The rate of accumulation of biological information is increasing exponentially. This information is driven by new technologies and powerful data acquisition methods. These changes have revolutionized the nature of biology, allowing a greater intersection with engineering concepts and computation. Most of the new data is widely available, but the content is disconnected and primarily based on static and equilibrium measurements. In contrast, actual biological behavior is the product of integrative and dynamic interactions between system components. This behavior can be better understood with the development of structurally, biochemically, and physiologically detailed computational models based on experimental data. Mathematical models allow simulation of intracellular processes and the connection to the extracellular environment to predict system responses to variety of intrinsic perturbations (e.g. changes in cellular regulatory machinery) as well as environmental fluctuations (e.g. in nutrient levels). At the same time, models increase our understanding of the basic principles of systems functions and provide insight into the regulatory mechanisms controlling a biological system. Additionally, models can help in the design of future experiments and produce testable questions about the object of study.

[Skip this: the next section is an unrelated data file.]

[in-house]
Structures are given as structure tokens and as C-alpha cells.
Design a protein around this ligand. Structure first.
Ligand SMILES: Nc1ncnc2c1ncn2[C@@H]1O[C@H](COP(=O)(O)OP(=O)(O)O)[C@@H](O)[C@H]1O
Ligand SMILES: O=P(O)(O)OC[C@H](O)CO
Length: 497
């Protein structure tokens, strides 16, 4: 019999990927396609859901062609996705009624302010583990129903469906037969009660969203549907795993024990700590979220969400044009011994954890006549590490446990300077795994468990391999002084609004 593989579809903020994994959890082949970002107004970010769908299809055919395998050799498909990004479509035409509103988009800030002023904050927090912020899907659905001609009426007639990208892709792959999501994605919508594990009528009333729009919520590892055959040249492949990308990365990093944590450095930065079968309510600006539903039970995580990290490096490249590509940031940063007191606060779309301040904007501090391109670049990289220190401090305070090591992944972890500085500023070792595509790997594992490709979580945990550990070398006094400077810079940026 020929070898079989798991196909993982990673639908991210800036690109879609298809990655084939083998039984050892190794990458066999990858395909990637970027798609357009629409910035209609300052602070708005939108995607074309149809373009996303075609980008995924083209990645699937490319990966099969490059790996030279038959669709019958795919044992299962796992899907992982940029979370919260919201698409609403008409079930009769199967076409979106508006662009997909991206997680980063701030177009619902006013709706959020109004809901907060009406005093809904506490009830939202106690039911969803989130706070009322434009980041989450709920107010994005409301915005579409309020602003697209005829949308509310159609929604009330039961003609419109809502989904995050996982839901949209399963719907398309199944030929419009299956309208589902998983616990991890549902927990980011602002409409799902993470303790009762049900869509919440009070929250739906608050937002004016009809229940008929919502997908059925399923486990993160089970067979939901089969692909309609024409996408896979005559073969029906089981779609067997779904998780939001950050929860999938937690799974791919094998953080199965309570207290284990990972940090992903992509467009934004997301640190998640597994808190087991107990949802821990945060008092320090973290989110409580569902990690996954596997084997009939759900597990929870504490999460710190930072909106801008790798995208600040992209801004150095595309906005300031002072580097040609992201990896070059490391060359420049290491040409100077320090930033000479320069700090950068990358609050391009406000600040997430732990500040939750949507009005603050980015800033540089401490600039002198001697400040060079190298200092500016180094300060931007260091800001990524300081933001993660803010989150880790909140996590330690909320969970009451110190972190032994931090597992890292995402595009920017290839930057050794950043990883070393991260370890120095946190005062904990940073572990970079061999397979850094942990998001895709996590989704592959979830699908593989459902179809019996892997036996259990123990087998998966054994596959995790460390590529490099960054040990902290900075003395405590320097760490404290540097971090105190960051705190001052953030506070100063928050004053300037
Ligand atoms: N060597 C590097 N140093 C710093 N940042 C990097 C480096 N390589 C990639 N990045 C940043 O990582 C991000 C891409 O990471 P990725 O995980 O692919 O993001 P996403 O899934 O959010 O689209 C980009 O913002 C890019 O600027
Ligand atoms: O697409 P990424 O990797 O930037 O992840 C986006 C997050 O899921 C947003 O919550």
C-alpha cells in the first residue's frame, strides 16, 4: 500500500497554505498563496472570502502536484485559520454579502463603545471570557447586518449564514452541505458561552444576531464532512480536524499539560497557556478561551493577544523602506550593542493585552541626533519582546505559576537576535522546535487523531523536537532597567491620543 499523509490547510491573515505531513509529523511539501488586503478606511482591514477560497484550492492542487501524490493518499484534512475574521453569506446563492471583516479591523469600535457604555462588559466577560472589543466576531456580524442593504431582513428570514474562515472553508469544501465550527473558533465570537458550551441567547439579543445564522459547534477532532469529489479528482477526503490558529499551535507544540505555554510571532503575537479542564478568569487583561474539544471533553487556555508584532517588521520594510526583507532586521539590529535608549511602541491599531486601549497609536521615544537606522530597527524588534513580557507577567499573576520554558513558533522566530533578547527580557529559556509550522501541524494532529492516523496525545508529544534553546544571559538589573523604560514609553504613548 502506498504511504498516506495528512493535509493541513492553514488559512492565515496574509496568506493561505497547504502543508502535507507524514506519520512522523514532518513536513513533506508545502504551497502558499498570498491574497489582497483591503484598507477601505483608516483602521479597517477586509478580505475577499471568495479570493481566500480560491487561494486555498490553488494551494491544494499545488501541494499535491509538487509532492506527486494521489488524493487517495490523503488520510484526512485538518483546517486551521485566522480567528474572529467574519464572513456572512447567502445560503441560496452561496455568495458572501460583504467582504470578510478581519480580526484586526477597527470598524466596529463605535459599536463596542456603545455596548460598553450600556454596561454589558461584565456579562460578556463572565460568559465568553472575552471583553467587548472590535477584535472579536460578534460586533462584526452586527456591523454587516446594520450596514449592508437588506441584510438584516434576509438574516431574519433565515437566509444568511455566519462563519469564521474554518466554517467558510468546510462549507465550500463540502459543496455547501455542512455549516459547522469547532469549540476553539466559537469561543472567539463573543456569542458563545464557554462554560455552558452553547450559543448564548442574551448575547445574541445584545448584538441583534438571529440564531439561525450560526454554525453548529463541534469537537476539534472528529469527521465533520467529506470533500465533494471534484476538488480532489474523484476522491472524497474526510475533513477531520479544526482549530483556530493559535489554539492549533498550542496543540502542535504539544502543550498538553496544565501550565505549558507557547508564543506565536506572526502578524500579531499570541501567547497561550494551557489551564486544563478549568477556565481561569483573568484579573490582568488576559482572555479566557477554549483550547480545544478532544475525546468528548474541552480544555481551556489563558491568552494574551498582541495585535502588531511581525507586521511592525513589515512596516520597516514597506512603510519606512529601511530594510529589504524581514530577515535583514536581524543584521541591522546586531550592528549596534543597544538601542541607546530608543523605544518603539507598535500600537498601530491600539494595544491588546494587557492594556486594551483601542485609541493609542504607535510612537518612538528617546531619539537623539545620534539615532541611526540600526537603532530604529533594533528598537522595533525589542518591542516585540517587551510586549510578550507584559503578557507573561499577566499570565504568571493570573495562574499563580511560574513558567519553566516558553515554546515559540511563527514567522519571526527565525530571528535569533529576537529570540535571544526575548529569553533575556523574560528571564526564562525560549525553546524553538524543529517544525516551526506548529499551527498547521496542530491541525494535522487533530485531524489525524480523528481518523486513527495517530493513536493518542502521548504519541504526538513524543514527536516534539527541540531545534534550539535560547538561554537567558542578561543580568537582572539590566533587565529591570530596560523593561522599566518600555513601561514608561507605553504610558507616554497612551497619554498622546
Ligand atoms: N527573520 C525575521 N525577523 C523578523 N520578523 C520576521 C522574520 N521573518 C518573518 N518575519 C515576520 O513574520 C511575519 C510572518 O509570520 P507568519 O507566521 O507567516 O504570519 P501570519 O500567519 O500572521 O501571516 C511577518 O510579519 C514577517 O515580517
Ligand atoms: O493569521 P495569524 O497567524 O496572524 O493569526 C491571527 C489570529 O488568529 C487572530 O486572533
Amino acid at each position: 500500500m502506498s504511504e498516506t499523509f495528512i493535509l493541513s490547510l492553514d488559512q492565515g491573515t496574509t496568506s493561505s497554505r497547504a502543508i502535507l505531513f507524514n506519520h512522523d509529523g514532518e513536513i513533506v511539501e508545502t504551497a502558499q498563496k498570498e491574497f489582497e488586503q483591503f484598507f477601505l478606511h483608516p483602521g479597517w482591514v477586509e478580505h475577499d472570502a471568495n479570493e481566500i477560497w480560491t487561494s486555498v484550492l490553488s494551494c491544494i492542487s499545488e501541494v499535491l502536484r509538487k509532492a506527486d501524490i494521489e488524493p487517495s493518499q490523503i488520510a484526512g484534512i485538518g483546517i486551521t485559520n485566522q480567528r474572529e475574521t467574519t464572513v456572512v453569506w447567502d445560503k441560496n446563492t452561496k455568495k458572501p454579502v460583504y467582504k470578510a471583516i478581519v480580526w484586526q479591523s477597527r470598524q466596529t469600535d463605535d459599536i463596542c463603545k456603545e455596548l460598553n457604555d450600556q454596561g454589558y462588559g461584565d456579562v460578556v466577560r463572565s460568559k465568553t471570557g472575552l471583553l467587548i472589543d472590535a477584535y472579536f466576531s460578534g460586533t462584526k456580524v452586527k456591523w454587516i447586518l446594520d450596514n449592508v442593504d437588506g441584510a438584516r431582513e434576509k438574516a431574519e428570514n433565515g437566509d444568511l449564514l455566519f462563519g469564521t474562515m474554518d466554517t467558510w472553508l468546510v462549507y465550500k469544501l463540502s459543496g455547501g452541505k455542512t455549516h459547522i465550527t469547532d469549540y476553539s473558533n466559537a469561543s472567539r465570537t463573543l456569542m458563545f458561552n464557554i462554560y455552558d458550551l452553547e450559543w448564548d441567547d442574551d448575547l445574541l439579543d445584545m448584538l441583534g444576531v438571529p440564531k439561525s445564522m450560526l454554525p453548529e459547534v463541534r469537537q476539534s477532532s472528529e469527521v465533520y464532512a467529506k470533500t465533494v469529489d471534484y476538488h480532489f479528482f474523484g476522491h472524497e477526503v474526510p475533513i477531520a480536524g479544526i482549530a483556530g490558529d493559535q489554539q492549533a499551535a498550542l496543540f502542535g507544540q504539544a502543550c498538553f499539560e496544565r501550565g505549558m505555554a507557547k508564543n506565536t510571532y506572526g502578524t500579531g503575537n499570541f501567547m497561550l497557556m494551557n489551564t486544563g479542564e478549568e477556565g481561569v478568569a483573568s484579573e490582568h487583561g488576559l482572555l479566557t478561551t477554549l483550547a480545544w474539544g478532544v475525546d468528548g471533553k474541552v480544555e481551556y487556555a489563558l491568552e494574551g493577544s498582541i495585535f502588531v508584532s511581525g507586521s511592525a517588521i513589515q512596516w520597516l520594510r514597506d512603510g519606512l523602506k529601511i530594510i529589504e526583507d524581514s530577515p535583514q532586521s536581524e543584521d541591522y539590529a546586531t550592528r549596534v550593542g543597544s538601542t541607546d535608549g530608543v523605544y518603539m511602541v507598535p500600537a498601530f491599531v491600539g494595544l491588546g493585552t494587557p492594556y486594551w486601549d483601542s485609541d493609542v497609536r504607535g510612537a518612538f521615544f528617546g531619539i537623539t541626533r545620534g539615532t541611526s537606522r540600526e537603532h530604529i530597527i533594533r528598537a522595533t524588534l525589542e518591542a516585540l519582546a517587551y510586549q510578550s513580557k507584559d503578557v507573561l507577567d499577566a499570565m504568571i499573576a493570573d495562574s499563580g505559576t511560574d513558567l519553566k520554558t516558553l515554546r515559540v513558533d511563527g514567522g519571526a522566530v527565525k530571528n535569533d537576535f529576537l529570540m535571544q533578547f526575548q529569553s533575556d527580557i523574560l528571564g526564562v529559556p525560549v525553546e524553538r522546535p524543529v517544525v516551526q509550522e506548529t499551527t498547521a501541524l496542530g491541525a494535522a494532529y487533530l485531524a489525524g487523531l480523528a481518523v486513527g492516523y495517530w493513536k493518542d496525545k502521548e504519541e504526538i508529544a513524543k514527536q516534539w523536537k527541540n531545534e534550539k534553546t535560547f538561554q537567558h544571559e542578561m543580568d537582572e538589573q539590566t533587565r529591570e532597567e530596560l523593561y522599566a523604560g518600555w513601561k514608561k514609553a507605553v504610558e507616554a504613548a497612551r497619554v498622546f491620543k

Friday May 5

Title Oscillations and concentrations in sequences of gradients
Speaker Martin Kruží
Academy of Sciences of the Czech Republic

Abstract: